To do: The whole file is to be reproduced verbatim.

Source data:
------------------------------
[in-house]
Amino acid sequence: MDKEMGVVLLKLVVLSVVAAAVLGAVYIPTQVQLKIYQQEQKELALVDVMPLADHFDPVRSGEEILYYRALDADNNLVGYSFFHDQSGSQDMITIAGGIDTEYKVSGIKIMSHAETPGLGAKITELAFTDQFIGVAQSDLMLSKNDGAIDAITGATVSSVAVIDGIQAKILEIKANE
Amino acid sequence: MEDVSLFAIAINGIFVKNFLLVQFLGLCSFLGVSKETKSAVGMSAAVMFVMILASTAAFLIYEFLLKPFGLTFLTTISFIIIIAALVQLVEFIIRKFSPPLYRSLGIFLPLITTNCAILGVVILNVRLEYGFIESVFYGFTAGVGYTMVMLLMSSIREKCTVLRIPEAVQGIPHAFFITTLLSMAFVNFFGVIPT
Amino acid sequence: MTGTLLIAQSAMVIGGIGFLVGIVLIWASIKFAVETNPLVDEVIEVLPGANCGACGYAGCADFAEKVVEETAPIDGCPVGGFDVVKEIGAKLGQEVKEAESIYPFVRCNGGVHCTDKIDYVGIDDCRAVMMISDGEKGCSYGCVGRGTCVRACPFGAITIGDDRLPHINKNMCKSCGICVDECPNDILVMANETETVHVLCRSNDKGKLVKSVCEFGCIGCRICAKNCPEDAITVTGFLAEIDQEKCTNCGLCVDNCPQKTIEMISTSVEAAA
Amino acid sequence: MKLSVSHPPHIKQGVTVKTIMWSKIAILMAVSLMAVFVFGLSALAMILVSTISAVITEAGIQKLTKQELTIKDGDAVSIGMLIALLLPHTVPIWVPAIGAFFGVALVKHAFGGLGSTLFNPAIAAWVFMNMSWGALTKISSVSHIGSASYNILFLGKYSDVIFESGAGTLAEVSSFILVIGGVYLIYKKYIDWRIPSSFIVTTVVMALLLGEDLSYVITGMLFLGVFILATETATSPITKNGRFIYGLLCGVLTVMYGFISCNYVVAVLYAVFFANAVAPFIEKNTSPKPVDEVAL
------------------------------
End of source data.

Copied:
[in-house]
Amino acid sequence: MDKEMGVVLLKLVVLSVVAAAVLGAVYIPTQVQLKIYQQEQKELALVDVMPLADHFDPVRSGEEILYYRALDADNNLVGYSFFHDQSGSQDMITIAGGIDTEYKVSGIKIMSHAETPGLGAKITELAFTDQFIGVAQSDLMLSKNDGAIDAITGATVSSVAVIDGIQAKILEIKANE
Amino acid sequence: MEDVSLFAIAINGIFVKNFLLVQFLGLCSFLGVSKETKSAVGMSAAVMFVMILASTAAFLIYEFLLKPFGLTFLTTISFIIIIAALVQLVEFIIRKFSPPLYRSLGIFLPLITTNCAILGVVILNVRLEYGFIESVFYGFTAGVGYTMVMLLMSSIREKCTVLRIPEAVQGIPHAFFITTLLSMAFVNFFGVIPT
Amino acid sequence: MTGTLLIAQSAMVIGGIGFLVGIVLIWASIKFAVETNPLVDEVIEVLPGANCGACGYAGCADFAEKVVEETAPIDGCPVGGFDVVKEIGAKLGQEVKEAESIYPFVRCNGGVHCTDKIDYVGIDDCRAVMMISDGEKGCSYGCVGRGTCVRACPFGAITIGDDRLPHINKNMCKSCGICVDECPNDILVMANETETVHVLCRSNDKGKLVKSVCEFGCIGCRICAKNCPEDAITVTGFLAEIDQEKCTNCGLCVDNCPQKTIEMISTSVEAAA
Amino acid sequence: MKLSVSHPPHIKQGVTVKTIMWSKIAILMAVSLMAVFVFGLSALAMILVSTISAVITEAGIQKLTKQELTIKDGDAVSIGMLIALLLPHTVPIWVPAIGAFFGVALVKHAFGGLGSTLFNPAIAAWVFMNMSWGALTKISSVSHIGSASYNILFLGKYSDVIFESGAGTLAEVSSFILVIGGVYLIYKKYIDWRIPSSFIVTTVVMALLLGEDLSYVITGMLFLGVFILATETATSPITKNGRFIYGLLCGVLTVMYGFISCNYVVAVLYAVFFANAVAPFIEKNTSPKPVDEVAL